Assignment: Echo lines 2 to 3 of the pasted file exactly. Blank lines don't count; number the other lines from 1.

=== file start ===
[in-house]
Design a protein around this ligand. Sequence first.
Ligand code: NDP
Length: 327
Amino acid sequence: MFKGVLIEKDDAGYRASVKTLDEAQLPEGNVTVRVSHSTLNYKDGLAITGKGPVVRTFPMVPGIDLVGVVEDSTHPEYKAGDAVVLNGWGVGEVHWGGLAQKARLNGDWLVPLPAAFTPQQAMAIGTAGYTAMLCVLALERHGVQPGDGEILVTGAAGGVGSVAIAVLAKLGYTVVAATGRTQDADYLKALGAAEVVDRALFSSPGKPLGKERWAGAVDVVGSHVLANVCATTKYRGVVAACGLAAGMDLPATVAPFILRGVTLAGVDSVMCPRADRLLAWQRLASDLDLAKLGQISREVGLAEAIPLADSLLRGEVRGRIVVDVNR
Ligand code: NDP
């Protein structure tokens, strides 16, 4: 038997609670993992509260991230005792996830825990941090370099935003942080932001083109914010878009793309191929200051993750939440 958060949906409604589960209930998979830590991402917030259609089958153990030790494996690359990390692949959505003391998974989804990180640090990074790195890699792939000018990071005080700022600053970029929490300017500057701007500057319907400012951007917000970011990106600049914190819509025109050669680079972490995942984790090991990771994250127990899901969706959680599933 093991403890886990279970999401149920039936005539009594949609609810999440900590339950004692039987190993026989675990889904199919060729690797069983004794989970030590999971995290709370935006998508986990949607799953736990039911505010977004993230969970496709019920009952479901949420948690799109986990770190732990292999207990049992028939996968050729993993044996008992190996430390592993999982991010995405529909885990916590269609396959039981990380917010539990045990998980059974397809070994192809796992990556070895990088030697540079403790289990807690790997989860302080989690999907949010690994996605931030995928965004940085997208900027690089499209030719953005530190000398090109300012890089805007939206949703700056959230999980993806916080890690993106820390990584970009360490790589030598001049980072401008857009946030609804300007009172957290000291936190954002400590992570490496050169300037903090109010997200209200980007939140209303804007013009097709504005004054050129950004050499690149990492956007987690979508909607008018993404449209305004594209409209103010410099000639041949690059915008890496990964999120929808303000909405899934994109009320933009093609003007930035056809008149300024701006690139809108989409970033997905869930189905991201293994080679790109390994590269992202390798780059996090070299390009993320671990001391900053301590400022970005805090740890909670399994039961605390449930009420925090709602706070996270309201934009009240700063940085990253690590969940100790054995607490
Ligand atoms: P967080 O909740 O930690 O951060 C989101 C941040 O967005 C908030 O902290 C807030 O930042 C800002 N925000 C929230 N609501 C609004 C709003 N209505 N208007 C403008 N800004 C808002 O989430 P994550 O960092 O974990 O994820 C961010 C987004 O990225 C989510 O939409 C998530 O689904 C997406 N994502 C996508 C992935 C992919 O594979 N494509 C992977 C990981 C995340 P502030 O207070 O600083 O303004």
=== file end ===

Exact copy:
Design a protein around this ligand. Sequence first.
Ligand code: NDP